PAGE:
Hey, I like science just as much as the next guy. But I recognise that science has its limits. While science may be useful, it cannot discover truth, and so cannot answer that most basic philosophical question of how we ought to live. Needless to say, politics is an expression of society’s answer to this most basic philosophical question.
Yet in spite of science’s limits, it tends to be treated as the supreme arbiter of important social questions, the final court of appeal – “science says it, I believe it, that settles it”. But science, in reality, is an irrational exercise, an irrational feeling around in the darkness. It cannot “prove” anything. But such is the predominance of the ideology of scientism that, for example, the contested question of climate change can be confidently declared by many to be a settled matter.
Science, you see, rests on two formal fallacies, namely the fallacy of induction and the fallacy of affirming the consequent. This means that science is, strictly speaking, irrational. But you would never know it given the authority and status it has assumed in society, venerated as the ultimate means of arriving at and settling on the truth.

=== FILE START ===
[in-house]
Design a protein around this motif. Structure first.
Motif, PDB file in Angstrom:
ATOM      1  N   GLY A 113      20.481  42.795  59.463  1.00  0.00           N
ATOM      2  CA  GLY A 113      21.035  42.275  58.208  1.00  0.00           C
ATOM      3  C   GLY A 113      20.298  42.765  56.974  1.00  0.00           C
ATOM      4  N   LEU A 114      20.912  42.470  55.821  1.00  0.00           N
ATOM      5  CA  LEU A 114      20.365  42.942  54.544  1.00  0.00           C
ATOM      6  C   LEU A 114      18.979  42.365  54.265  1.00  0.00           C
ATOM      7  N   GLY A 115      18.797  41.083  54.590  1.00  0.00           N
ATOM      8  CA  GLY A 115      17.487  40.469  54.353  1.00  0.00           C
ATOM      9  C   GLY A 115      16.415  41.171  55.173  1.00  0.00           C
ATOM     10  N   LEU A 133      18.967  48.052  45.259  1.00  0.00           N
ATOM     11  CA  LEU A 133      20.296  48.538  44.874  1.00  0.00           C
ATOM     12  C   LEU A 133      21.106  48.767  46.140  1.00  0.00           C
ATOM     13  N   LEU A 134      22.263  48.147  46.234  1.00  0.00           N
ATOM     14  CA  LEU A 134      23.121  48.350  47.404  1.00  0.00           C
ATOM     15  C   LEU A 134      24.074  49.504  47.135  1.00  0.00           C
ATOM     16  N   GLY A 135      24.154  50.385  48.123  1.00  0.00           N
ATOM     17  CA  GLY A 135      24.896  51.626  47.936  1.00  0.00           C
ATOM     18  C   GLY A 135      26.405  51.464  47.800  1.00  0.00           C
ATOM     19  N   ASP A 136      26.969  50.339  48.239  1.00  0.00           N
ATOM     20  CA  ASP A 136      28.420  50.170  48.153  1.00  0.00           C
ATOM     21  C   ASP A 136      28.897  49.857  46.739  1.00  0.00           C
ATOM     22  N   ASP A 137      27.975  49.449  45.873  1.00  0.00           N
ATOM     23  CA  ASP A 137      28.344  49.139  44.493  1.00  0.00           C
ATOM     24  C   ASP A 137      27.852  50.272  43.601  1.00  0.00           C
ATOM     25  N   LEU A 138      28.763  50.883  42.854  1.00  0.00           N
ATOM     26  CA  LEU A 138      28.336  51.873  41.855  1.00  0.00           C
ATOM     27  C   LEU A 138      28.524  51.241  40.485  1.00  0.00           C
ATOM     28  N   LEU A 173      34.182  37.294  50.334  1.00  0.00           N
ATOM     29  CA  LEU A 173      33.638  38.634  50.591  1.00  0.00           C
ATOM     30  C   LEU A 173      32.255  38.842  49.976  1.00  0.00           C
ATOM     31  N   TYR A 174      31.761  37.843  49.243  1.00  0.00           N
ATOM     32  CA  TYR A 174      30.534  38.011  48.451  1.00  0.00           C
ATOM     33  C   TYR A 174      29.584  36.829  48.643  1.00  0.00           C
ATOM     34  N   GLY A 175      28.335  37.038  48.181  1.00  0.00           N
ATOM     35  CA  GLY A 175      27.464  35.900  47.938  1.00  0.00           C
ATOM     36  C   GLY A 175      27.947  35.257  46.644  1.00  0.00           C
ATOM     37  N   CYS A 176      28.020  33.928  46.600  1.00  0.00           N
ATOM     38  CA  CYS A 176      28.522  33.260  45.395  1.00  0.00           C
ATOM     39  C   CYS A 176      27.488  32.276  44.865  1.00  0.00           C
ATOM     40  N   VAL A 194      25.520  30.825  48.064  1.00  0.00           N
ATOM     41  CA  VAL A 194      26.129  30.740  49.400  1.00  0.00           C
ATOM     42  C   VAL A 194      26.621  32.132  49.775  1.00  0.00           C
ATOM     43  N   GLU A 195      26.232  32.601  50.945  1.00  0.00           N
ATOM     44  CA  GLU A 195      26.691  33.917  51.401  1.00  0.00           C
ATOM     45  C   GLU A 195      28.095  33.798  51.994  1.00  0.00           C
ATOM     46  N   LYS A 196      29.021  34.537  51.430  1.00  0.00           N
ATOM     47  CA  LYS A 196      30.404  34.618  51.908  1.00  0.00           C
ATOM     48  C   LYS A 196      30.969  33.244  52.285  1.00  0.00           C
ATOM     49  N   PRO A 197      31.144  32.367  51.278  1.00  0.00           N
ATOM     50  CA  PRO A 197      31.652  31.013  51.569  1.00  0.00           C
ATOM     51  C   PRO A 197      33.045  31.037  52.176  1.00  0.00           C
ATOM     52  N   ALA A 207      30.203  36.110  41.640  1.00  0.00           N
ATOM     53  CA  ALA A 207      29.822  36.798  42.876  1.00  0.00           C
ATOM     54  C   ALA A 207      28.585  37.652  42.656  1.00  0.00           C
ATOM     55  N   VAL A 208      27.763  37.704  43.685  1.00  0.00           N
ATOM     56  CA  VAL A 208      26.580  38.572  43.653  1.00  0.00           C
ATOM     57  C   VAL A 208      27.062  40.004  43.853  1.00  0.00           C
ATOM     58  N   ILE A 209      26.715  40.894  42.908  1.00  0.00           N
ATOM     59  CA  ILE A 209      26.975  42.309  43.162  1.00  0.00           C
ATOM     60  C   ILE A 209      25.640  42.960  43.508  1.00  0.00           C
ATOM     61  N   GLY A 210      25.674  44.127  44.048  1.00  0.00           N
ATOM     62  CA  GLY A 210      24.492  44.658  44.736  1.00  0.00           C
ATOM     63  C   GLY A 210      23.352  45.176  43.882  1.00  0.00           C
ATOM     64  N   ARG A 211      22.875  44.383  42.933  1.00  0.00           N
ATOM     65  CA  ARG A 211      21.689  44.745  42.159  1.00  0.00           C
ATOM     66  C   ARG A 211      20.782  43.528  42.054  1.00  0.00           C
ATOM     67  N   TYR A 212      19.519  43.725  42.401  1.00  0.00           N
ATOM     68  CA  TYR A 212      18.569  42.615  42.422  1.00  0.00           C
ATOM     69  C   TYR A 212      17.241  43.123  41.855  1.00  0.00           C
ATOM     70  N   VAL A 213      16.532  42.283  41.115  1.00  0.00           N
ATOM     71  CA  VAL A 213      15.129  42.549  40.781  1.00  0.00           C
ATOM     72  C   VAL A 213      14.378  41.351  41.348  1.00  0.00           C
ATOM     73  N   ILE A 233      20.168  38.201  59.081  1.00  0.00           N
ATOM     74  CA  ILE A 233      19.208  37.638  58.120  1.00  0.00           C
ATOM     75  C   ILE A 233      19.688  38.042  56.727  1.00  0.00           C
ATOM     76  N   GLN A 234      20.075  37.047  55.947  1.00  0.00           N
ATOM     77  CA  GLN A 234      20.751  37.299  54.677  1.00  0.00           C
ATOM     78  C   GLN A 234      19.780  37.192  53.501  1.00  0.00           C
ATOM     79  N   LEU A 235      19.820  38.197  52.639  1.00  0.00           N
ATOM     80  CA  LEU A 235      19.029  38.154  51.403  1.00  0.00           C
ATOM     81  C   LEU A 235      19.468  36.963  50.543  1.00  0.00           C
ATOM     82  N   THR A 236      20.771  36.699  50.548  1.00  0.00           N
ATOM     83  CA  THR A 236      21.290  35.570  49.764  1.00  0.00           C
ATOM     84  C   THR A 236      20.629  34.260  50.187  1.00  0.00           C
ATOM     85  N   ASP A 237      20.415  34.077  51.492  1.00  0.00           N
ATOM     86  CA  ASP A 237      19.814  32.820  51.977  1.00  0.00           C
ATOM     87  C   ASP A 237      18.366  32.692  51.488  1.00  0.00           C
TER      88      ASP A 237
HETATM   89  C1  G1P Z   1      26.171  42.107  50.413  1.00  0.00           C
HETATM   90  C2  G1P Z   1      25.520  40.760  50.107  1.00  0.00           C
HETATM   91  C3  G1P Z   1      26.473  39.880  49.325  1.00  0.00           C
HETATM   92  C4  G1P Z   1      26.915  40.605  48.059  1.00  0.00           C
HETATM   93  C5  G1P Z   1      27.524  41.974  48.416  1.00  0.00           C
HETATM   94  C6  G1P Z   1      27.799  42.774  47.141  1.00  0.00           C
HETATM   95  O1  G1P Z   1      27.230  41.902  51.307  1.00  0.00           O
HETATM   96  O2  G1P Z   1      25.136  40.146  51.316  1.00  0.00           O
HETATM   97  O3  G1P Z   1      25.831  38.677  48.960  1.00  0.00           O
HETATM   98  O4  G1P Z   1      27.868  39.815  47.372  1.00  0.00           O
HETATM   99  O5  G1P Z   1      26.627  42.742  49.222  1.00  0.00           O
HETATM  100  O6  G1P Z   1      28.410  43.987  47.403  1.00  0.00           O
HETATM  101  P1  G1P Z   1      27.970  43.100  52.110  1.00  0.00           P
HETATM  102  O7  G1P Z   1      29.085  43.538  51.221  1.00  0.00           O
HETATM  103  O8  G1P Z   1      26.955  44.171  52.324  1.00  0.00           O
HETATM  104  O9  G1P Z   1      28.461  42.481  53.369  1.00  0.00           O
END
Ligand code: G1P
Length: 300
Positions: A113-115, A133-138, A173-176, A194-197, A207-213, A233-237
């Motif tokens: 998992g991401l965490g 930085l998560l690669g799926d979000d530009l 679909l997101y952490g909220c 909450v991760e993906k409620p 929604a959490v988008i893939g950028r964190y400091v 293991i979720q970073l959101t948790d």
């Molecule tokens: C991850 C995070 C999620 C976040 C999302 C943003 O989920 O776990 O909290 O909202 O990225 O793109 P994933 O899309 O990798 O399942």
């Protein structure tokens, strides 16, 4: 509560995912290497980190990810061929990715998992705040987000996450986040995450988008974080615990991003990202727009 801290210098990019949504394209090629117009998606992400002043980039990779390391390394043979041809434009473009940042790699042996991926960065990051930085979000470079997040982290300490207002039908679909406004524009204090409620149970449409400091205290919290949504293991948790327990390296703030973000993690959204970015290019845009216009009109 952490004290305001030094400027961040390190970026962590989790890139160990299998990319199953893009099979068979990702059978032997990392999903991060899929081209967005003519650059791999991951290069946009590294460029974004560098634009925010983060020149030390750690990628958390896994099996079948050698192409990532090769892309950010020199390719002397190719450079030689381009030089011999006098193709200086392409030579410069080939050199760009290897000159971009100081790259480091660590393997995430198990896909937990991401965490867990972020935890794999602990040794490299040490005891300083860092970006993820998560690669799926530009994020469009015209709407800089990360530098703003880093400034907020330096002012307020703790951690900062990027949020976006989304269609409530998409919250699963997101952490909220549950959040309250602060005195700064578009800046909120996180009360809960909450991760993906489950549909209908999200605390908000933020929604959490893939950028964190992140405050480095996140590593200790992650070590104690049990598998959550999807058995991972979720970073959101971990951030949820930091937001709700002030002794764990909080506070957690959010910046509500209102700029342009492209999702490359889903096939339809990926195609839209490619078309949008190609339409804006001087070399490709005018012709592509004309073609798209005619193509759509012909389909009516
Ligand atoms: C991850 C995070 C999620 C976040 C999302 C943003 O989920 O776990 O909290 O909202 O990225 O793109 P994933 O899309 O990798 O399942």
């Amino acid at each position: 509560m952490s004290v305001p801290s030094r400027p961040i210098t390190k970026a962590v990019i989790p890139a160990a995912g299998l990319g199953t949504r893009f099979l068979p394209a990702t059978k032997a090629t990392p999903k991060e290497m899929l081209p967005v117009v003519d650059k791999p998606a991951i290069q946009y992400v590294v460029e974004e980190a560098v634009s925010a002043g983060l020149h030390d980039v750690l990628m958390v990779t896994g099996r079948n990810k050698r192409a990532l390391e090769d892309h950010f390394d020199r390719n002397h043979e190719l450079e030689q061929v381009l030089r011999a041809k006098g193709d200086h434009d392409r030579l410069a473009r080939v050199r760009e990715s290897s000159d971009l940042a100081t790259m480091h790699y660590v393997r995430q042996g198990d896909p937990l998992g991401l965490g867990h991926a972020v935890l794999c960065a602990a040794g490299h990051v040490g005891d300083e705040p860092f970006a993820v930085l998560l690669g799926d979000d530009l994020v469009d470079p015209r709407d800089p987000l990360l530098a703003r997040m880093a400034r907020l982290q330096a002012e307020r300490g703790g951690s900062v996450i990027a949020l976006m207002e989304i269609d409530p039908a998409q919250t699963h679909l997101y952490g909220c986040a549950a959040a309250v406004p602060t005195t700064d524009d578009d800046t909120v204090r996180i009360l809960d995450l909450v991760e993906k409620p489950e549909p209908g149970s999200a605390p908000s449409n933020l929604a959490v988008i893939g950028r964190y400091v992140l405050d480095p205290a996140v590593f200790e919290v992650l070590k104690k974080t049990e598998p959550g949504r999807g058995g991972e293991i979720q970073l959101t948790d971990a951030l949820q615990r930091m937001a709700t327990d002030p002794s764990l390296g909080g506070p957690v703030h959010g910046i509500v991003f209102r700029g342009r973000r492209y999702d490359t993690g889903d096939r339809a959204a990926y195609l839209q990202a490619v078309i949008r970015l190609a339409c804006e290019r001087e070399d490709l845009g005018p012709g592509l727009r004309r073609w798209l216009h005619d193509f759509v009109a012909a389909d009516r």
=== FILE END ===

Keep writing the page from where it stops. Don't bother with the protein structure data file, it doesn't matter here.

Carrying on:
Let us start with the fallacy of induction. Science largely seeks to pronounce generalisations from particulars. But it is folly to think this type of reasoning can provide us with any true statements, any universal laws. All swans are white, right? We’d have to say Yes. The scientist diligently engages in observations – sees one swan, two swans, ten swans, a hundred swans, a thousand swans, has never met any of his peers who has seen anything other than white swans – and declares with finality, making a general universal law from the evidence of the particular examples examined, “All swans are white.” This is scientific. This is settled knowledge. The consensus is in. And then they discover Australia.
Bertrand Russell had this to say:
All inductive arguments in the last resort reduce themselves to the following form: “If this is true, that is true: now that is true, therefore this is true.” This argument is, of course, formally fallacious. Suppose I were to say: “If bread is a stone and stones are nourishing, then this bread will nourish me; now this bread does nourish me; therefore it is a stone, and stones are nourishing.” If I were to advance such an argument, I should certainly be thought foolish, yet it would not be fundamentally different from the argument upon which all scientific laws are based.
The fallacy of affirming the consequent, which Russell alludes to above, is rendered syllogistically in the following manner: “If p, then q. q; therefore, p.” Put another way, if John walks into the room with a bloody nose, then it is because Peter punched him in the face. John walks into the room with a bloody nose. Therefore, Peter punched him in the face. This is, of course, logically fallacious. It does not necessarily follow that John’s bloody nose is the result of Peter punching him. There are other possible explanations to account for this observation. John may have tripped and fallen over. He may have not been paying attention and walked into a post. There are any number of other possible explanations to account for John’s bloody nose.